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Alleganian Newspaper Archive: April 26, 1865 - Page 1

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Publication: Alleganian

Location: Cumberland, Maryland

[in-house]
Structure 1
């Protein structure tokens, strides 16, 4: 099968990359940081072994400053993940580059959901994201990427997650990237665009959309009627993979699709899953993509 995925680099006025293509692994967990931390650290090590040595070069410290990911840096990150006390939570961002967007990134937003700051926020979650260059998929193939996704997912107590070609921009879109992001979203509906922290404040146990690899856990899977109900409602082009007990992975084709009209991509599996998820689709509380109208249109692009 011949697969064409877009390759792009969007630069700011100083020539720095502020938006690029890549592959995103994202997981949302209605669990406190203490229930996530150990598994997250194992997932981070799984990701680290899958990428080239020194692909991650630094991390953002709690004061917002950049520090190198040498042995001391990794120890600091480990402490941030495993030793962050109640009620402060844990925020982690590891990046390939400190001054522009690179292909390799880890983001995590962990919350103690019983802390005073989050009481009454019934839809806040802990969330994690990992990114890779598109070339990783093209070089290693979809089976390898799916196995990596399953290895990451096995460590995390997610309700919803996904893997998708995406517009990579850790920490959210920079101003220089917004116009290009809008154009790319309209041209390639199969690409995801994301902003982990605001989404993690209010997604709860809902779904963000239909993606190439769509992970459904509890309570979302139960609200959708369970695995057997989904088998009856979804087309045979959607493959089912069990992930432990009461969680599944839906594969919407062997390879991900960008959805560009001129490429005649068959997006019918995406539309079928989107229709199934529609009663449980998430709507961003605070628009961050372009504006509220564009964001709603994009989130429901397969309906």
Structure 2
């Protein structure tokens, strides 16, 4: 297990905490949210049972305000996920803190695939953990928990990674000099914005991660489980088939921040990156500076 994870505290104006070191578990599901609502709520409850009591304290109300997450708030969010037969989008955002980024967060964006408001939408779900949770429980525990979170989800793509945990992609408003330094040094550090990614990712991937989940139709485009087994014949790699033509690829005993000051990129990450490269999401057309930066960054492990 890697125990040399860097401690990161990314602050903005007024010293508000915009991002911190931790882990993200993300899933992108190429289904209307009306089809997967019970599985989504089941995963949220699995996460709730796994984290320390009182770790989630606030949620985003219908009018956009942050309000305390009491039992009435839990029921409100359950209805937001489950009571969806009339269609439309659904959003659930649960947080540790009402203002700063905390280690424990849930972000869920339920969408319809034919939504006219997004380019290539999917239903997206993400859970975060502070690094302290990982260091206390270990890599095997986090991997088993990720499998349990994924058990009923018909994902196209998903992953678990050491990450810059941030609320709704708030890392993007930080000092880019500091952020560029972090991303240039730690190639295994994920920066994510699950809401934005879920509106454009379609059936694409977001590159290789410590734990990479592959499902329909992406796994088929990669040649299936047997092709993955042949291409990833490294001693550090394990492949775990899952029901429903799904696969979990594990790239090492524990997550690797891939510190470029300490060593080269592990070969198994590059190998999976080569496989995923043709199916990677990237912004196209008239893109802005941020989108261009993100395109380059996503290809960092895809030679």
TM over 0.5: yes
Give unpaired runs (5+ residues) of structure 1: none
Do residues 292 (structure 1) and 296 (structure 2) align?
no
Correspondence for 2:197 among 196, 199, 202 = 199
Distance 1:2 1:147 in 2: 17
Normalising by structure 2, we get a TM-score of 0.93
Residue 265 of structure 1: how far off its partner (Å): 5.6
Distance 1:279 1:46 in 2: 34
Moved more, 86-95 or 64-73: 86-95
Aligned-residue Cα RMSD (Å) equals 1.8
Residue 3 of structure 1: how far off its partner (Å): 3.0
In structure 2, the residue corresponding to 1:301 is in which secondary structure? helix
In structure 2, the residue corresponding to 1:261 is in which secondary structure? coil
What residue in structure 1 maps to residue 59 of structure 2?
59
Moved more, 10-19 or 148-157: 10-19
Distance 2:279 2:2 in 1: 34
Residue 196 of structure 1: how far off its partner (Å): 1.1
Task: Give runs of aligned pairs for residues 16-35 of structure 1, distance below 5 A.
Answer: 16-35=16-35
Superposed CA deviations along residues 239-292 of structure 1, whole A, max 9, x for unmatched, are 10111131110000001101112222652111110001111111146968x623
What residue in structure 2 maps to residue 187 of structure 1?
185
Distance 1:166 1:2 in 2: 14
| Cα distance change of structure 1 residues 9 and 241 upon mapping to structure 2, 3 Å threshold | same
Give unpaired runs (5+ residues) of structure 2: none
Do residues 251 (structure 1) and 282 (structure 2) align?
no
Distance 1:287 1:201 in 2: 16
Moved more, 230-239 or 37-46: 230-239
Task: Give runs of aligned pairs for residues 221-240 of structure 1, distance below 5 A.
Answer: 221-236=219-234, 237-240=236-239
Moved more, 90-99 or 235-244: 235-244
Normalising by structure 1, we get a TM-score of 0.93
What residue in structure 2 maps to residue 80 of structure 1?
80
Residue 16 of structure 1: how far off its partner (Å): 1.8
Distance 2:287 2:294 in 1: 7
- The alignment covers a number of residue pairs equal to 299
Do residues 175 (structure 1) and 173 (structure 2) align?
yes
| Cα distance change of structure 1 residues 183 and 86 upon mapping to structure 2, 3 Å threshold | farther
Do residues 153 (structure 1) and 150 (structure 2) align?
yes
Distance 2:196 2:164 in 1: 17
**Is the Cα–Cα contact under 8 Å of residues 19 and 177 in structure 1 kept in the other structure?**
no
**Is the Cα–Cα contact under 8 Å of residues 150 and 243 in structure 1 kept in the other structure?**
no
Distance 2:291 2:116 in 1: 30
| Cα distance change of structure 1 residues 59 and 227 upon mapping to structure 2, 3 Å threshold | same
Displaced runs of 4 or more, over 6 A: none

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   Alleganian (Newspaper) - April 26, 1865, Cumberland, Maryland                                -j VOLUME 1; APRIL EVERY WEDNESDAY MORNING. on Mechanic Street, ncnr tho 1 1 NttUoual HOUBO. TERMS 01' SUI5SCKTPTION TWO DOLL HIT irulil) m uilnnrc Vi taken lar u ptnod iliai months ot or-y- Hie- Circuit Him JAh SMITH Uric of the Circuit MOP. IthsLlA KtLl.lcr of GfcO. W. I It UA.SIL T. 0 VP.I Male's. -I5I-.0 A. TIIUCSTOX. J.Ute I'FIICY, A M. L UUfaU. KLUUI KUIESD, JOHN' HELL J. II PT J I, TOVNSIII-SP. Tat P. L TOW NSI1E.VD. Clerk tu Commissioners JACOB CH A3. C. SHR1VER CO. U.K .V ItLlAIL DEVLnnS iv DIIUGS, CIIKMIC PAT-VPS, OILS LAWS nnil HW UOODS, lT.IlFUMEBV.iiniU Corner of linltimore nnd JUcunme strats Junu H, v ia M. SOIIhEY'S OFFJCT3, SIDK OF vn.r.s' CBFPK, WILLIAM ATTOnHJJY AT LAW? cuvaEiiLjyti, MD. VTcst oHV'iiU rmk, m Hie Itoonis known in the Ollli e ol Hie lute 1 lioin is Jnnilnrj 11, 1803_____________________ it LI: ravin: .t co, DRUGGISTS CHEMISTS, On VMmoTc, J tVirfre JOIIX K. BUCK, I'niioMercr and Taper Kaiigor> Anil Dealer in Wall Paper, Blinds, Curtains, ctc.j etc. Hallo, street, n few doors abort. Post- Olhte. M. M. la Dnkr in W1XKS, LIQUORS, ISIONS, FISH, CIIEHSG, TOIIACCO, CIGAItS, ic DuHimoro oppo-lte .1 M. li Ilnsti's Toti 10 u> siure, CunilM.rliuit, Md. M.IJ 10, HUMBniD i, LONG; Hardware, Iron, Steel, fntlcry, etc., llajruilrr t old stand, corner Baltimore uiiil Jle- clmnic THI m Boots, lints, Caps, Trunks, He.. McKulg 3 btorr lilntk, 1! illiiroa itrn.1 WILLIAAt lUnufncinrtr of TiOj Copper, and Sheet-Iron Ware. irooks Hlock, near the brulyc, liilliinore II.U.1: SWARTXWELDEU, Dc-xkr in Books, Stationcrj and Fancj Goods, Under Bdvulera Hull, llnlliniorc s'rat. OOXDEH, Ocnkr in tteadf-made Clotliinr, Collars, Cr.-nats, SHinTS, IHUWfcUS, rrc, Rnltiinoni street, opuoMtc tlic SAMUEL UEIDELUEUGEI'.. MERCHANT TAILOR, AXD CLOT II I Ml Caltiniort strc-t, near I'lililii. Sinnrc A.'P. STICI'IinilD, Duller in Dry G'oods, CarprMnj, JlcKcig's 1 Slnrj Itlocl., Billo KBLBNBECK A. JOHNSON, Pciilcw ill lfalches, Silrcr and PLATED etc, Scit rtoor to Post-Office, lliiltiraorc strwl. f AM And DnScf m BATS SOLDIERS HOODS Knltiinnrc efrrcl, opposite tire Posl-OflUe. JOHX JUSTICE OP TiiS mr Riltinrer- sln-ct, the Publn. S inure. Restaurant and Saloon, OrSTEIlSrnna "Iff J J 01 liauil. Walsh's Jllocfc, Rnltimort slrreK. tiEXT, SADDLER and JTARXESSM.IREK. ftechanlc Jtrjecl, iv few doors' north of llalttmorc. INfddles, Bridles, Collars 'r' Whips, Harness, etc., Kept constantly cm linud unit are oDlrril for file M Uu lowest prices; LOUIS _ __ FASB1ONABZ.E Barber, ad JTITBS all who'norf Jerrlccj In hisllufcjn 1 at Shop, erf1 1ft sear itore PRESIDENT JOHNSON, v AMU.LV, JUIIASOS, wlio, by tip JeatU of Aralum Lincoln, lus jiiicucdud to the Pres- iJtncy of tlio Utiitol States, was liorn iu lla- lelgli, X. Caroltua. in Like his la- mented pri.tleco.wr, he is emphatically n f-Hii-ilit man His father lost hia life tth'ui the t-on was fuiir j ears of ago, from Lhu clTecia of uccrtioiia to save a drofftiiug frund, and his mother, being left m poor "as unable to afford young educational facilities. Ho bccauiL apprentice f a l.iilur at !i h of ngcr, and uliite serving in thLi capacity, hy Imrd ap- iL ition, .acquirid the rudiments of an Kn- glu-h educition His mind 'first nroBs- cd in that direction hy hearing readings from a volume of epeechis, bj a. gefltletnah who h ihitually fUited tho where he nl work. He tool, up tho alphabet, without an and then, procur- ing from the journc) mtn, irld '.he ;cutlenuu reiiling had aroused hia facultK.', (md who tin illy undo him j pro- of the anlf some hour" of the night phahtd the ground-work of after know ledge. In 1S2 1 he went to T.aurcns Court-IIougej South Curolinii, working there as a journey nmn till 1S2G, when ho returned to lla- Icigh.itidafterEouie months, set outforTen- wirrjing with him his mother, who on him for support. Ileiras now about nineteen of .ige IIu set- tled tt flrLChnllc, TanneVee, still working his trade, where he bubceqilcntly1 nnrried an iutelligi.1t under whose guidance he in idu further nnd npid progress in his Ambitious, in dustnouS and ener- getic, -oon entered public life, and em- bracing the tenets of the democratic party, wis elected by lint orglttiziion to thu po'-itionx of .ilderman, ma} Or, State legislature, governor, member of tlic United States IIou-c of Representatives, and United plates Senator. Uc wis always in these po- regarded as a decided democrat in pbhttes, nnd of his course on public meas- we gather the following summary from Savage's sketches ofoiir representative men. "Mr. .Tohuson was a etcady opponent of a Unitocl Suites Uiiik, of internal ilrlprovc- mcnU by the Tcilond Government and of a. t irifT. In Congress he support- ed the annexation of Texas, the Jlexican wir, thu tariff of 18-10, the homestead bill, (of tthii.li he one of the an economical ntlmiufctraiion 'of the crntucnt, the coinpromi-c mcisuresoflSSO, and al'o sctud with tltc Southern Senators on Kin'ns-Xebraaka question. opposed the doetrinps of the "Know Nothing' 1'lrtj and the democratic theorj of tiie of rccit measures on the part of the general government, op- po-ed (he Pacific railroid project and river and harbor improvements. lie always re- girded the dissolution of the Union ns an impossibility, and held tint, slavery had its foundation and would find its perpetuity in the Fniou, and the Union its continuance iu uon-mtcrfercnec witli erj One ol his arguments in favor of the annexation ol Texas was tlmtit would "prote td ho the gilt-way out of which the nble Sons ol Africa arc to from bondngc fofreca6m, and become merpcd in a population ,congc- ni il with ihcinsch ea." lit uhemcnity op- ami his MCWS and publife PinciJ (he outbreak of the rebelliod arc well k'nown." Tt was during flic1 Second session of the Thlrtj-Seicnth tint Jlr. Joh became' so prominent in lliii connection. Tn three e speeches, in reply 16 lead- ing ?outhern Senators, he argued tho falfsi- cj of the doctriuo of secession. tho d iy of the fiml itiljonrnntcnt of that Coa- grcss, lie boldly availed tho sentiment then rife and the on foot, in a sneceh from which we1 quota M reported in (hu ollicial debates in the Globe: I TVOS iulcrruptod, Mr Prcfi- dciif, I WGS making a general allusion to treason, ns dcGncd in the Constitution 6f the Unitctl Stntcl. nnd to those who ore traitors and guiTfy of (reason witirin (he scope and mcnning of the liw and the Constitution proposition was tint if thcy_would Bh me who- were guilty of tho olTe-iices I have cnumcrafed, 1 wotfld' fltan wfio Vfcro the tnitoifl Tiat done, wcro I Iho of Unitctf Stiles, t would do 'aSllioriiaa JcObrson didlrflSOC Vitn" Jta- Ijfarr, who was charged t wouhl1 have tnom-nrruitcd nnd tried for treason, anu, j if com ictcd, ly tlic tternai God, they shmthl svffcr tfie jfMty of llie ?nw' at tht limiits tf (he. Treason must be punish'cd, atid tho cxtcnl and depth' of the oflcnse be mzdc i .TOienJn of '_I8G2, Nwfell _was" captured by our forccp, Mrri JobMwyj [ben slill lloldiug his scat is a Senator from Ttiuuesscu, accepted the position as military governor of the State. In tlic meantime, liu was nominated by llie republican nation- al convention jn 18C4 for Viec Tresidcal on the -tiekct with Mr. Lincoln; h'tit, after the election, continued to discharge the duties of hia military up to the date of his inauguration as Vice bn the 4th of March Inht San. Speech of President Jolmson. In Washington, on the 18th of April, a number of the eitizens of the State of Ill- inois, waited upon JOIINSOS, idcnt of tile United States. OciLLfiiiv, of Illinois, presented the delega- tion, and addressed the President us follows: Jlr. taka much pleasure in presenting to jou thin delegation of citizens of the Stale cf Illinois', representing almost every portion of the State. AVe are drawn together m this city by the I'iburnful ex cuts of the past fuw d tya, to c tome forcible expression to the feeling we, in common Tith the whole nation, realize as pressing us to tho c irth, by appropri-ito and respectful ceremonies. We thought il not iinppropri- atc before we shall separate, even in this sad hour, to seek this interview with 3ourcx- cclleiidy, that n-lnlc tho bleeding heart is pouring out its mournful anguish over the denth of our beloved late President, the idol of our State and the pride of the whole cSun- try, we may eiraeflljr express to jou, flic liung dead of this nation, our deliberate, fnll and abiding confidence in you as the one who, in thia dirk llolir, must bear upon }oursolf the mighty responsibility of main- taining, de-feuding and directing its affairs'. In the midst of this sadness, through the oppressive gloom that surrounds us, we look to you and" to a bright future for our coun- try The of the President of the United States deeply depresses and seri- ously aggravates the entire nation, btlt un- der our blessed Constitution it docs hot dc- hy or for any great length of time retard its progress; decs not for un instant disorgan- ize or threaten its destruction. Thb record of your whole past to us all the splendor of your recent gigantic efforts to stay the hand of treason and assassination, nnd restore the flag to the uttermost bounds of the llcpnbhe, assure thdt Loblc State Arc represent, and, wo believe, tlic people of the United Slates, that we may safely trust its destinies in jour and to this end we come, in the name of the State of Illinois, and, wo confidently believe, fully anfl faith- fully csjiftssing iho wishes of our people, to present nnd pledge to jou the cordial, earnest and unremitting purpose of our State to give to your administration the strong sup- port we huve heretofore gi'-ctt to the1 admin- istration of our lamented lite President, the policy of which re have heretofore, 3o now, and fihill continue to endorse, i The President said: hive listened with pro- found attention to'tl'e kiud words you hive addressed Id me. The of this large del- egation tome through jou, sir, these words of encouragement, I had nolan- ticipitcd. In the midst of the siddcmng circiirniianccswhicl: Surround us and the im- mense responsibility thrown upon me, an ex- pression of the confidence of individuals, and Btilr more, of an influential body like that before me, representing a great common wealth, cheers and .strengthens my hcdviiy burthcucd mind. I am at a loss for to respond, in an hour like this of deepest Sorrow, were it possible to embody iu words tho feeling of my bosom, I could not com- mand my lips to ultcr thcai. Pcfhipa the best reply I could make, and the iftc most readily appropriitc to your kind assurance of confidence, would bu to reecho them in silence. The throbbinps of my heart since the sad cilastroplie which has appalled the country, cannot be reduced' to words, and oppressed ss t am by tho new and great responsibility which has devolved upon witu grief, I can with difficulty respond fo you at all. But I cannot such expressions of tho confidence reposed: in mo by the peo- ple to pass withoct acknowledgement. To an imnvlrluil like myself, who has never claimed much, but who hia, it is true, re- ceived from a generous people many marks of trust anfl honor for it long time, an oc- dnSioh fiko (his', and a' raanifcsblTon of put- Tic feeling FO well-timed, and peculiarly ac- from the people myself eicry pulse, as" 6ba with the" popular heart, finds an immediate nmrvcr in my By many men in public fife subh occasion- are often considered merely formal. To me titof rfro words of countenance and onconragameni sinS dtcf in1 my n ami were I even a coward J could but gath- strength to carry out my con- victions of right v Thus feeling, I shall enter upon the dis- charge of my great duty, firmly and stcad- 'aatly, if not with the signs! tt- iillity exhibited by my predecessor, which is still fresh in our sorrowing minds; need I repeat that no heart feels more sensibly than mine this great affliction In what I say on this occasion I shall in- dulge in no petty spirit of feeling cf revenge But we have beheld a notable evcut in the history of mankind. In tho midst of the American people, where every citizen is taught to obey law and observe the rules of biihblian conduct, our Chief Magia- (rrilo, the beloved of all hearts, his been as- sassin'itcd, and when we trace this crime to its caiisc, when wo remcnibcr the source whence the assassin dfcff hia inspiration, and then look at the result, we stand yet more astounded at this most Ikrbarous, most diabolical assassination Such a crime as the murder of a1 great anil good nmn, honored and respected, the be- loved and the hope of the people, springs not alone from a solitary individual of ever so desperate wickedness. We can trace its courses through steps, wiihoutmy enumerating them Jicrc, back to the source which is the spring of all our woes. Ko one can say that if tlic perpetrator of this fiendish act be arrested he should ritit undergo ihe extremist penalty the law knows for crime None will say thai mercy should interpose IJut is he alono guilty Here, gentlemen, you1 perhaps expect me to present some indication of my future policy Ode thing I will say, every era teaches ilS lessou The times we Itvb In are riot without instruc- tion. The American people must be taught they do not already feel, that Ircaton it u crime and must IxjiunMtil [ApjilaSsd J That thoGovernmentwiii not always bear with its enemies. That it is strong not only to protect, but to punish. [Applause] When tfe turn the criminal code and cxnminn the catalogue of crime we there find arsoh laid down is a crime with ill appropriate penalty. We there find Iheft and robbery and murder given as crimes, and there, too, we find the last aud highest of son. [Applause.] Witfc other and inferior offenses our people arc familiar, but in our ptfnccful history treason has been almost un- known The people must understand that it is the blackest of crimes, and will be sure- ly ptiuisW. [Applause.] I make this al- lusion not to excite tho already exasperated feeling of the public, but to point out principles of public justice wliich should guide our action it this particular juncture, and which accord with sound public morals. Let it be engraven upon' every heart that is crime and traitors should suffer its pchalty. [Applause While we are appalled and overwhelmed ai the fall of one man in our midst b} the hand of a traitor, shall we allow, I care not what wcipons, io attempt the life of the State with impunity 7 White we strain our to comprehend the enormity of the as- sassination, shall we allow the nation to be as- sassinated [Applause I epcali in no spirit of unltimlncss. I Icive the events of the future to be disposed of as thy arise. Regarding myself as the humble instrument of the American1 people, in this, as in all things, justice and judgment shall be determined by them. I do not harbor bitter or revengeful feelings towards any. In general terms, I would say that public mor- als should bo established upon the sure and infallablc principle of justice [Applause.] When the question Of exorcising mefcy comes before iro, il will be considered calm- ly and jutlietally, remembering tint I am Eieifrlh e of the nation. I know that men to bale their names spoken of in con- nection with acts of mercy, and how easy it is to yield io this impulse" Hot we must not forget that whit may be mercy (o the indiv idual H cruelty to the State. [Applause.] In toe exercise of mercy there eliould be nd doubt left that fliis high prerogative is not cjcd io rcficte a fuw at tho expense of the many. assured I shall never forget thai I am not to consult my own feelings alone, but to give an account to the whole people. Ift? rcg-M to my fcttrre coterse, 1 tfirt nnw make no pledges I have been connected somewhat actively with pub- lic affairs, and to the history of my piat pub- He acts, Tihich is familiar to you, I refer those principles which hive governed! me heretofore and will guide me hereafter. Irr general, I will I have long labored for tho amelioration and elevation of the great mass of mankind. My opinionS si to the natnroof hate long been chtnEJjed; find constituted a' I am, ic is now (bo late irr life for mo to change them1. I believe that thta government was made for man, not man for government.- [Applause.] This struggle of the pcoplo ngainst thn most gigantic rebellion that the world ever gair has demonstrated! that theattacbnicnt of the people to their government is the strong- est national defence human wisdom cari de: [Applause.] So long as each man 'eels that the interests of the government tire his interest; so long as tho public heart :ums in the right direction and the people understand and appreciate the theory of our government, and love liberty, our constittt- tion will be transmitted unimpaired. If :ho time ever comes when th'e pcoplo shall fail it, the government will fail aiid ire shall cease to be one of the nations of the earth. After having preserved our form of free government, and shown to main- tain its existence through tub' vicissitudes of nearly a century, it may be that it was ne- cessary fur us to pass through but or- deal of intestine strife to prove that this government will riot perish _ from' internal weakness, but will cvc? stand able to defend itself from all ib'ca, and punish treason [.Applause.] In (he dealings of nil inSctutable Provi- derice, and by tUe' operations of the Consti- tution, I have been thrown unexpectedly in- to thin position My past life, and especial- ly my course during the present unholy re- bellion, is before you I have no principle to retract. I 3cfy any one to point to any of my public acts at variance with the fixed principles which have guided me through life. I I have no profession to offer. Professions and promises will be worth nothing at this time. No one can foresee the circumstances that will hereafter arise. Had any man gifted with prescience, four years ago utter- ed and written dUwn iri advance the events of Uie'jertod, IlJe story would more marvellous than aiiylUing in life Ara- bian Nights.__I stall not aileih'pl id aifti-" oipato the future. As evetfto occur; rfnoVit becomes necessary ftfr mo to1 act; I shall dis- pose of c.lth as it arises, deferring any de- claration or message until it can be written paragraph b} paragraph, in the light Of e- vcnts as they transpire. The President Having concluded his.ad- drcas, tiie members of the delegation were then severally introduced (o him by Gover- nor Oglesby. Directly aflct tlic delegation' from Illinois retired, the President received a.large num- ber of delegates of the Christian Commission temporarily residing in Washington. The Itcv. Mr. Borden, of Albany, delivered {a brief but impressive fiddress, saying that the) rccogmral linn as called, in the Prov- idence of God, to have rulu over the nation. In the pasl public service of the President they had their foundation of hope for the fu- ture, and now they loolced on the face of bis predecessor, whose sad death had moved tho country to tears, they believe (frit God had sent him, as" MoSe3, {a lead the people, and his successor, as Joshua, to give them a land of promise, and that the administra- tion of justice and mercy would everywhere follow (ho success of oarrirnrf. Their pray- er waJ for an enduring peace and all tho blessings of frco_ government. The President replied that such were his feelings, in consequence of tbe lato afflicting events, that he could not'respond in appro- priate terms. Perhaps the best reply would bo eilence. Ho however acknowledged his thatiks for (be kiud sentiments expressed Although he might fail, he would promise that he would undertake the performance ol the grave and responsible duties devolving upon him with all the zeal of an honcsl heart. He had knowledge of and appreci- ated the offices of the Christian Commission. He always had an abiding faith in the peo- ple, and Icbfecd Sit tho Government as based upon the principle of human rights. The nation's mission is not yet complete. It is in our hands. TClicrr we look at tho country's cohditiorf il gave a complete con- tradiction to Ilia assumption of our enemies. In the treason and rebellion we find that we vfitl friumpli at Although we have had civil war fiaJ covered the land with gloom, and while tho wiolo coun- try were rejoicing over-tho triumph of the struggle, there has been an assassination, tho most att'rocious nn'd dia'bolical tho world has ever witTOBcd. While the nation was jub- ilant, the Chief Magistrate wis strictcn down like a star from its sphere, ainJ an in- hiatus wajiraled in tho gov- ernment. In' France, for instance, under similar cir- there would bare been1 scenes of, anarchy; but not eo here, where the gov- ernment is founded otf justice and TTe havo developed tbe great truth that it in rfrong enough whil suppressing" aft public disorders within our widely extending limits'. He WM'BO rian, .He claimed-a. clmrily "co-extensive with ihf lidminr family. 'ITohclmveCf.'fri be language of an1 arch' of "promise (nth its ends renting dri I gloij is ftefi irfiU acts more 'ession, aad good deeds-never escapeTtfMg-1 nitlofi. T-1 lie then repeated] his sci'tiinciJts' regard- ing his future public course similar Io.those' addressed to the Illinois'delegation] ''saying thit 'Me time come when' intetttgent! men like those before Km sb6uld exert their morai indiience Sri erecting 'a which'everybody Bnould be'tadgwlb1 He': lieve that treason' td the-iar. and that   the tne cbaplab) of the' United StateS Army, being- who offered prayer at tie on For t Majbc Anderson moved his commandiffoifl FortrMonltrie.id followed tbe reading from liTcf the people yj yj fwf The raising "df'ttfeott irjirtfoVGihy era! Aridersdri was'the grahjm'eVand'-wheriHcj plaffcrin', tEeWfitof ble, and be waa'for some iflo'tfenbtiMble-tc'- proceed with KB rdnaVkl, "My friehaS-aSd tber (tinai ment'of tbe here to fulfill tbe cheriahedLwinh bf jny belrtT through four years_of to its proper place this dear 'flag' which 1 r r r w j i ed bcfote this cracl lived to gee this to be here to perforoUhui try. My bearfis'f' that God wKoHSs'fc' litla given ,-nji blesslit3 itn-yvuwtmiumafiHK- jiay al'ltlie world "ijlorf ti Go in the highest, rind tov wards man." [Voices: Amen! At tie cohauBion ofh'ij remVrkl the halyards, and with1 firm and steadMrali" aided by Sergeaffl ous old bafinor, amtd oRha. assemblage. General'Andersonj.andjiSerra geant Hart then nagiwifcK-mn AVer- green wreath attached, the occttphott Jip'Vt'S-' stage all joining" in 'ifoW than there was one was an inspiring moment-gtiuidasJsubliflo never to be experienced again1: Ocn. Anderson couliJjfftn ffifnculty re- strain bis jmd-wbibtdom'e shouted themselves hoarse; ctifofswepi andiembrie- cdlito children wh'cri the flag "L''" height, with d wroitK of The vast multitude continued ments to gaie at 'ita fluttering Mdci J choerq had not Babsidcd7'whefi lfer one ntfndrcd gftns was" Jloiiltne andUaticry lice.'oa land, on Morri Fort Johnson, on James apicuomr lit the inanguration of TlVc national airs weft aisojjaj by the wl'pJe audiencd jmtSitg; ing effect truly Atf address by i er, flie' a_beficdfi tie j IP ITE halbd oi Trre SAVIOR X4n'Hia Lord, in tba days of bis various clawos of cnemieg, tfcjfe ever included V jtft, the sei Jgve'jlMu his they, as has- often bien' A? lir, C _ woman her ijhtAS iitih womin be WMDfant SPAPLRl